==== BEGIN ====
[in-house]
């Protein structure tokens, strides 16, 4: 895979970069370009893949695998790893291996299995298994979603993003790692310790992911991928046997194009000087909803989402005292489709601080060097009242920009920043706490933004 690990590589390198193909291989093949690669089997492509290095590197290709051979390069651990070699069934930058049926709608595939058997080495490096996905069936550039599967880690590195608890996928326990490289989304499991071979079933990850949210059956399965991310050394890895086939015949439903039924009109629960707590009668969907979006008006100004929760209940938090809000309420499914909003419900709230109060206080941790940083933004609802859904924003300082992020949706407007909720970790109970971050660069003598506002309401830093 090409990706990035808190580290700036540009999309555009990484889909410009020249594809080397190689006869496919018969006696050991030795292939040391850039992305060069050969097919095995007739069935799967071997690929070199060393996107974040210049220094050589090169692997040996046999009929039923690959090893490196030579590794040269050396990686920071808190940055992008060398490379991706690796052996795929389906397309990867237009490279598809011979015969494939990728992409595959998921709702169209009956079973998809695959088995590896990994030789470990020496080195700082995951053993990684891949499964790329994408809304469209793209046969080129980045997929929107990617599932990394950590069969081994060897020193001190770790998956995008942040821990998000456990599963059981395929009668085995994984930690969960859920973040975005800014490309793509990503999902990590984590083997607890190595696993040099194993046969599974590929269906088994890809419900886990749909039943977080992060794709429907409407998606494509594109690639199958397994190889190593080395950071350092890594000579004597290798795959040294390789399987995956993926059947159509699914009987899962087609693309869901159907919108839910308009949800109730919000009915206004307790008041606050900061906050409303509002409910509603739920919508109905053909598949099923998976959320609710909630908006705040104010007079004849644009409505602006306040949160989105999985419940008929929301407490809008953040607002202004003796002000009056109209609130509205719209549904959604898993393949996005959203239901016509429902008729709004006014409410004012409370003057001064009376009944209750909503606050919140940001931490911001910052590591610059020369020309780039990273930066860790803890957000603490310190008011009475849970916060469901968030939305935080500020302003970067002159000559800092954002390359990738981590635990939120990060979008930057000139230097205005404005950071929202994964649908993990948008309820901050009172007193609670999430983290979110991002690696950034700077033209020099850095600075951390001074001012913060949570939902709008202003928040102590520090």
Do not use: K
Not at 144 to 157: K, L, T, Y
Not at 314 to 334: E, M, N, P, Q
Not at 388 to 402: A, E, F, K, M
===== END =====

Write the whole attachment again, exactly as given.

[in-house]
């Protein structure tokens, strides 16, 4: 895979970069370009893949695998790893291996299995298994979603993003790692310790992911991928046997194009000087909803989402005292489709601080060097009242920009920043706490933004 690990590589390198193909291989093949690669089997492509290095590197290709051979390069651990070699069934930058049926709608595939058997080495490096996905069936550039599967880690590195608890996928326990490289989304499991071979079933990850949210059956399965991310050394890895086939015949439903039924009109629960707590009668969907979006008006100004929760209940938090809000309420499914909003419900709230109060206080941790940083933004609802859904924003300082992020949706407007909720970790109970971050660069003598506002309401830093 090409990706990035808190580290700036540009999309555009990484889909410009020249594809080397190689006869496919018969006696050991030795292939040391850039992305060069050969097919095995007739069935799967071997690929070199060393996107974040210049220094050589090169692997040996046999009929039923690959090893490196030579590794040269050396990686920071808190940055992008060398490379991706690796052996795929389906397309990867237009490279598809011979015969494939990728992409595959998921709702169209009956079973998809695959088995590896990994030789470990020496080195700082995951053993990684891949499964790329994408809304469209793209046969080129980045997929929107990617599932990394950590069969081994060897020193001190770790998956995008942040821990998000456990599963059981395929009668085995994984930690969960859920973040975005800014490309793509990503999902990590984590083997607890190595696993040099194993046969599974590929269906088994890809419900886990749909039943977080992060794709429907409407998606494509594109690639199958397994190889190593080395950071350092890594000579004597290798795959040294390789399987995956993926059947159509699914009987899962087609693309869901159907919108839910308009949800109730919000009915206004307790008041606050900061906050409303509002409910509603739920919508109905053909598949099923998976959320609710909630908006705040104010007079004849644009409505602006306040949160989105999985419940008929929301407490809008953040607002202004003796002000009056109209609130509205719209549904959604898993393949996005959203239901016509429902008729709004006014409410004012409370003057001064009376009944209750909503606050919140940001931490911001910052590591610059020369020309780039990273930066860790803890957000603490310190008011009475849970916060469901968030939305935080500020302003970067002159000559800092954002390359990738981590635990939120990060979008930057000139230097205005404005950071929202994964649908993990948008309820901050009172007193609670999430983290979110991002690696950034700077033209020099850095600075951390001074001012913060949570939902709008202003928040102590520090």
Do not use: K
Not at 144 to 157: K, L, T, Y
Not at 314 to 334: E, M, N, P, Q
Not at 388 to 402: A, E, F, K, M